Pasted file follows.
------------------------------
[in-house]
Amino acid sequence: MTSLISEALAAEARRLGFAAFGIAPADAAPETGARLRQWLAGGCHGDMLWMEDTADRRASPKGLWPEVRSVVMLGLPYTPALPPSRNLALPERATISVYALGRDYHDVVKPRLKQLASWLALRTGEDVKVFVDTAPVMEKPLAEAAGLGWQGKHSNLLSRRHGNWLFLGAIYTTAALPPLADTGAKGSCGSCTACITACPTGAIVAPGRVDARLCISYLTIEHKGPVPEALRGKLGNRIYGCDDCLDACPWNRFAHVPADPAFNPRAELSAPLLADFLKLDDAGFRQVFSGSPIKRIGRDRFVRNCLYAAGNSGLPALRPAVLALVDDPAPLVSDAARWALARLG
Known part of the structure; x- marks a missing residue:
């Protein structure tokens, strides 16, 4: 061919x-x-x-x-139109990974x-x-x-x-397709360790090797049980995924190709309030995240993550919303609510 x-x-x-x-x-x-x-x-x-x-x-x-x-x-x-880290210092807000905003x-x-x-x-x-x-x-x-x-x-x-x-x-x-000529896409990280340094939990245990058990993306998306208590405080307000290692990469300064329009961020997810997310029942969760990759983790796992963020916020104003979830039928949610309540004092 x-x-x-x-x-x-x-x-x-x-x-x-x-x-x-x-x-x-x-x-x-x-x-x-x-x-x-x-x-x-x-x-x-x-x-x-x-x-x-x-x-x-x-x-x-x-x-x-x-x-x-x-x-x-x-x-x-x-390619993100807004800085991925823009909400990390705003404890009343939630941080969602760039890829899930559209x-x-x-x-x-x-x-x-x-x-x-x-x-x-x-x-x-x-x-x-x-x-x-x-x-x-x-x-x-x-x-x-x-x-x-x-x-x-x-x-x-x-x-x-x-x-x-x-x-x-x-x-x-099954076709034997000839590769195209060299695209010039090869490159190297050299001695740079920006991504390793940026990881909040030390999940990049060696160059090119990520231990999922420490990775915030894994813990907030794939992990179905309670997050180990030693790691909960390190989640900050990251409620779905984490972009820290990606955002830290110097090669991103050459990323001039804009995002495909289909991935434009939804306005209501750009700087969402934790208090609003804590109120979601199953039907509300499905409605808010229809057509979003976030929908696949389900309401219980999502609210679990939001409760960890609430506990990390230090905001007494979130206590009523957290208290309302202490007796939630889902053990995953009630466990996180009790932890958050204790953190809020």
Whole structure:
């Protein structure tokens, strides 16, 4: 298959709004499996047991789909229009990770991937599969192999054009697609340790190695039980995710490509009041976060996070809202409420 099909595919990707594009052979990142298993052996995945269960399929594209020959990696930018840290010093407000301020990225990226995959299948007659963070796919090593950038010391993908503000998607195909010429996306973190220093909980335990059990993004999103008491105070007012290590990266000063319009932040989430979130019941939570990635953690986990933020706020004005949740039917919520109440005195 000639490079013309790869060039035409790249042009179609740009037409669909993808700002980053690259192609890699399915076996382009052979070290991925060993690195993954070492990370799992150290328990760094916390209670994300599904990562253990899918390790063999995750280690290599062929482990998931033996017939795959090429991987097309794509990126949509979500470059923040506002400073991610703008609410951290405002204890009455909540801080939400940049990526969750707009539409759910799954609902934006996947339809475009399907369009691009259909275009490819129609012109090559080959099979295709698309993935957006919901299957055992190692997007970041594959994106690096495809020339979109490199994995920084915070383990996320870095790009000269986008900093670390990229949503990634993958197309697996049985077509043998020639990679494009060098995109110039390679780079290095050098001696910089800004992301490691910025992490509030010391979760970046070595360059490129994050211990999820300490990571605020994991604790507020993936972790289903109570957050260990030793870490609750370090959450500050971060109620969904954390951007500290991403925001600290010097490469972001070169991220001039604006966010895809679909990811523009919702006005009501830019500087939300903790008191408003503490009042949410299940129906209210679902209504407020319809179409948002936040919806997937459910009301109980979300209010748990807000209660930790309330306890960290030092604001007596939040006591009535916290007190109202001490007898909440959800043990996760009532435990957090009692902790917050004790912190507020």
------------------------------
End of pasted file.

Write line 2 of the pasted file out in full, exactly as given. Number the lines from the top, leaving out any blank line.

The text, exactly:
Amino acid sequence: MTSLISEALAAEARRLGFAAFGIAPADAAPETGARLRQWLAGGCHGDMLWMEDTADRRASPKGLWPEVRSVVMLGLPYTPALPPSRNLALPERATISVYALGRDYHDVVKPRLKQLASWLALRTGEDVKVFVDTAPVMEKPLAEAAGLGWQGKHSNLLSRRHGNWLFLGAIYTTAALPPLADTGAKGSCGSCTACITACPTGAIVAPGRVDARLCISYLTIEHKGPVPEALRGKLGNRIYGCDDCLDACPWNRFAHVPADPAFNPRAELSAPLLADFLKLDDAGFRQVFSGSPIKRIGRDRFVRNCLYAAGNSGLPALRPAVLALVDDPAPLVSDAARWALARLG